If you aren’t traveling to a warmer climate this season, outdoor winter activities — sledding, skiing, snowboarding and more, are likely part of your family’s plans.
For the last few years, concussions have been on the forefront of the minds of parents, coaches and athletes across the country, as their risks and prevalence become more well-known. This increase in visibility has raised a lot of concern about both the immediate and potential long-term effects of concussions sustained by children and adolescents. Luckily, research efforts have also increased, leading to a better understanding of how concussions should be managed in young athletes.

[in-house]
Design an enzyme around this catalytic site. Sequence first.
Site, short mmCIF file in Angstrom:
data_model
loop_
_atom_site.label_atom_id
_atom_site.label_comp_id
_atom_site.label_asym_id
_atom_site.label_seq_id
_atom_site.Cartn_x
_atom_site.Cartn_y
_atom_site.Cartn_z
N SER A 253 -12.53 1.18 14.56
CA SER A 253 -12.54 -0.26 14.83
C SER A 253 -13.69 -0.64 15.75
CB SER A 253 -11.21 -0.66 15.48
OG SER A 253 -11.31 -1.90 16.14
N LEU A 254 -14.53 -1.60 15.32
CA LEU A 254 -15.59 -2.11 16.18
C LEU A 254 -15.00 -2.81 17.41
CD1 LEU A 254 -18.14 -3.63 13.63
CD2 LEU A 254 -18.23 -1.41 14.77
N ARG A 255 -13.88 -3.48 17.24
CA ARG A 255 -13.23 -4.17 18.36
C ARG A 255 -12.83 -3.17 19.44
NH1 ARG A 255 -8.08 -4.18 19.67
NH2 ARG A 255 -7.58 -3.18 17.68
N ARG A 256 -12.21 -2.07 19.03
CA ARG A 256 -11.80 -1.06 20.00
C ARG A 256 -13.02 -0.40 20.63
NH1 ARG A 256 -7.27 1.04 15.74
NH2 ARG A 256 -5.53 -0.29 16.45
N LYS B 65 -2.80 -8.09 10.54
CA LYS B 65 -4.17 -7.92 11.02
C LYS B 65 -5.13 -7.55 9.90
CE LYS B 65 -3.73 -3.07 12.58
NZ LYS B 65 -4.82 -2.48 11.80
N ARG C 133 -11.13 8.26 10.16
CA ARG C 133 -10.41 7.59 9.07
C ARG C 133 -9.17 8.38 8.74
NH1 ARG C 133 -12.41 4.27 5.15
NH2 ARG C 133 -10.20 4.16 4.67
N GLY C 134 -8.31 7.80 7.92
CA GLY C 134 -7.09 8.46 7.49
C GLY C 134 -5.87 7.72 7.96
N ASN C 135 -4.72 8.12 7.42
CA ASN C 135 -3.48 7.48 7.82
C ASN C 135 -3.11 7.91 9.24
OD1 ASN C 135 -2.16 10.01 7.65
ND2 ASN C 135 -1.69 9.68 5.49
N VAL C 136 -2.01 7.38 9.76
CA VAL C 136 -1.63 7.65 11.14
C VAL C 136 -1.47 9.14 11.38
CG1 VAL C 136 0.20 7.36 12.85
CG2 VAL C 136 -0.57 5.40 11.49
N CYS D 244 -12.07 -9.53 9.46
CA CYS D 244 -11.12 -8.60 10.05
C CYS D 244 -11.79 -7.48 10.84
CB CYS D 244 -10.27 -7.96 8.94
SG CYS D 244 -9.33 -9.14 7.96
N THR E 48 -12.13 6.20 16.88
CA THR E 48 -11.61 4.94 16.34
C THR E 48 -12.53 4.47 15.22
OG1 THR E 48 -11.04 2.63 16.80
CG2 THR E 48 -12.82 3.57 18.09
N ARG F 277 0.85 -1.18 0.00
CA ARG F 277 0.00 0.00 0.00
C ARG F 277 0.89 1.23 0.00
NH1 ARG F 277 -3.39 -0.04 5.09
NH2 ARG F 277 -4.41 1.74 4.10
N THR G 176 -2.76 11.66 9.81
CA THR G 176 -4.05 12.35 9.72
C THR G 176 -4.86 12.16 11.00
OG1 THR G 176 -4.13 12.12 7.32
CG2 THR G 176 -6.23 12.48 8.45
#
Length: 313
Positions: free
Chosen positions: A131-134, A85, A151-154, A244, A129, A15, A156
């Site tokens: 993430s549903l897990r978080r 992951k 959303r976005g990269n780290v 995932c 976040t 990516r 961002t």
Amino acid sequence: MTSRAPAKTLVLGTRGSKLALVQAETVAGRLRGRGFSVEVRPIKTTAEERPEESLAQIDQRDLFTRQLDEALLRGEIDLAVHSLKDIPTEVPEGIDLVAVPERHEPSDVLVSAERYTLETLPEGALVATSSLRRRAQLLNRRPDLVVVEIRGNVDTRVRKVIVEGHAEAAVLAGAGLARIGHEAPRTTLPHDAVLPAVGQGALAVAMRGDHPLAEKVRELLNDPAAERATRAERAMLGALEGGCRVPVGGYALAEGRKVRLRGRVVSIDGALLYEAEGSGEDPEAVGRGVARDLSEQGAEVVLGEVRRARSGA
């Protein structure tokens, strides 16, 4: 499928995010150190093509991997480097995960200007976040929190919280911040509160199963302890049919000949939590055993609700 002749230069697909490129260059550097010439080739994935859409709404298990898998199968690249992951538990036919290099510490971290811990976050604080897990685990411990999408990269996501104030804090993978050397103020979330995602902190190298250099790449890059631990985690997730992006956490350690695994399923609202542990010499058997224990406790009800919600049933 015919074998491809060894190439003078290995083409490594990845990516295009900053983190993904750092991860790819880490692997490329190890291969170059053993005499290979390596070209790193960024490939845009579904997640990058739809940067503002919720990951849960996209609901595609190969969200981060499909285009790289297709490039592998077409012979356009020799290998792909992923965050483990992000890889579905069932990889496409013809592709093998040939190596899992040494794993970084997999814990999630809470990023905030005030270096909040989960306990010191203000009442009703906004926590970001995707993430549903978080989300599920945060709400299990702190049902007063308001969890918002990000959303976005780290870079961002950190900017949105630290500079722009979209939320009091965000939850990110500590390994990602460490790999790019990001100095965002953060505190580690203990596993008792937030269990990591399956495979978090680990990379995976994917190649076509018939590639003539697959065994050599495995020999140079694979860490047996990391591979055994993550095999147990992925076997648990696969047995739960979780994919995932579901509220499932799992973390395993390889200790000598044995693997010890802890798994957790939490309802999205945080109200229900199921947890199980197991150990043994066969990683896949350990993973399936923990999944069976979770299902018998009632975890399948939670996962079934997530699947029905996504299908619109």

At the 5th International Conference on Concussion in Sport held in Berlin, Germany, physicians and researchers around the world came together to collaborate on the treatment of sport-related concussions.
One of the outcomes of the conference was a change in the suggested concussion return to play guidelines, a decision that was based on a vast array of research and scientific consensus from multiple institutions, including Boston Children’s.